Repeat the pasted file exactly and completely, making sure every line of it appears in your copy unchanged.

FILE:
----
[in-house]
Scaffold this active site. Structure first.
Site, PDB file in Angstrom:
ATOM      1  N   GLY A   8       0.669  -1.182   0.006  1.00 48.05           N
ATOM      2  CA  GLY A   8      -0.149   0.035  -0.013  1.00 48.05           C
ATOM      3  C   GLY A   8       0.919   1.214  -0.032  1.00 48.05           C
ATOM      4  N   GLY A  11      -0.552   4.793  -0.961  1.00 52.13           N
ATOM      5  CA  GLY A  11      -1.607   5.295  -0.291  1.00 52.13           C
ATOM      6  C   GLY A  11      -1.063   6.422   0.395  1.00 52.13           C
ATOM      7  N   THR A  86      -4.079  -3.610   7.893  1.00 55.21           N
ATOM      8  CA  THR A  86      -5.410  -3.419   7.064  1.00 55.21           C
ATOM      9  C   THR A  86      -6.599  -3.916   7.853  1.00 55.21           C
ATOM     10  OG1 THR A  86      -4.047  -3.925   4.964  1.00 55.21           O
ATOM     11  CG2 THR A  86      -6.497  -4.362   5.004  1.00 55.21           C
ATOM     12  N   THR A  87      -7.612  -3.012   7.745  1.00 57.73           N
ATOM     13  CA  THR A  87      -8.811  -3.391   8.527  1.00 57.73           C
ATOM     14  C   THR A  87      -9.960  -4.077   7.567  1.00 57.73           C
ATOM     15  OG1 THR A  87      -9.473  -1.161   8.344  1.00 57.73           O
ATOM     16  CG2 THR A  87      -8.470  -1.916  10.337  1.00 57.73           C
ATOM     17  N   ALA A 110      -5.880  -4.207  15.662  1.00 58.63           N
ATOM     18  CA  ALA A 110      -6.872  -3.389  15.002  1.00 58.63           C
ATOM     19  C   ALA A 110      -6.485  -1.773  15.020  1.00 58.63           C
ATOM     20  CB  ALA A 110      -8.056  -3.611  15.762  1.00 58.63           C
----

[in-house]
Scaffold this active site. Structure first.
Site, PDB file in Angstrom:
ATOM      1  N   GLY A   8       0.669  -1.182   0.006  1.00 48.05           N
ATOM      2  CA  GLY A   8      -0.149   0.035  -0.013  1.00 48.05           C
ATOM      3  C   GLY A   8       0.919   1.214  -0.032  1.00 48.05           C
ATOM      4  N   GLY A  11      -0.552   4.793  -0.961  1.00 52.13           N
ATOM      5  CA  GLY A  11      -1.607   5.295  -0.291  1.00 52.13           C
ATOM      6  C   GLY A  11      -1.063   6.422   0.395  1.00 52.13           C
ATOM      7  N   THR A  86      -4.079  -3.610   7.893  1.00 55.21           N
ATOM      8  CA  THR A  86      -5.410  -3.419   7.064  1.00 55.21           C
ATOM      9  C   THR A  86      -6.599  -3.916   7.853  1.00 55.21           C
ATOM     10  OG1 THR A  86      -4.047  -3.925   4.964  1.00 55.21           O
ATOM     11  CG2 THR A  86      -6.497  -4.362   5.004  1.00 55.21           C
ATOM     12  N   THR A  87      -7.612  -3.012   7.745  1.00 57.73           N
ATOM     13  CA  THR A  87      -8.811  -3.391   8.527  1.00 57.73           C
ATOM     14  C   THR A  87      -9.960  -4.077   7.567  1.00 57.73           C
ATOM     15  OG1 THR A  87      -9.473  -1.161   8.344  1.00 57.73           O
ATOM     16  CG2 THR A  87      -8.470  -1.916  10.337  1.00 57.73           C
ATOM     17  N   ALA A 110      -5.880  -4.207  15.662  1.00 58.63           N
ATOM     18  CA  ALA A 110      -6.872  -3.389  15.002  1.00 58.63           C
ATOM     19  C   ALA A 110      -6.485  -1.773  15.020  1.00 58.63           C
ATOM     20  CB  ALA A 110      -8.056  -3.611  15.762  1.00 58.63           C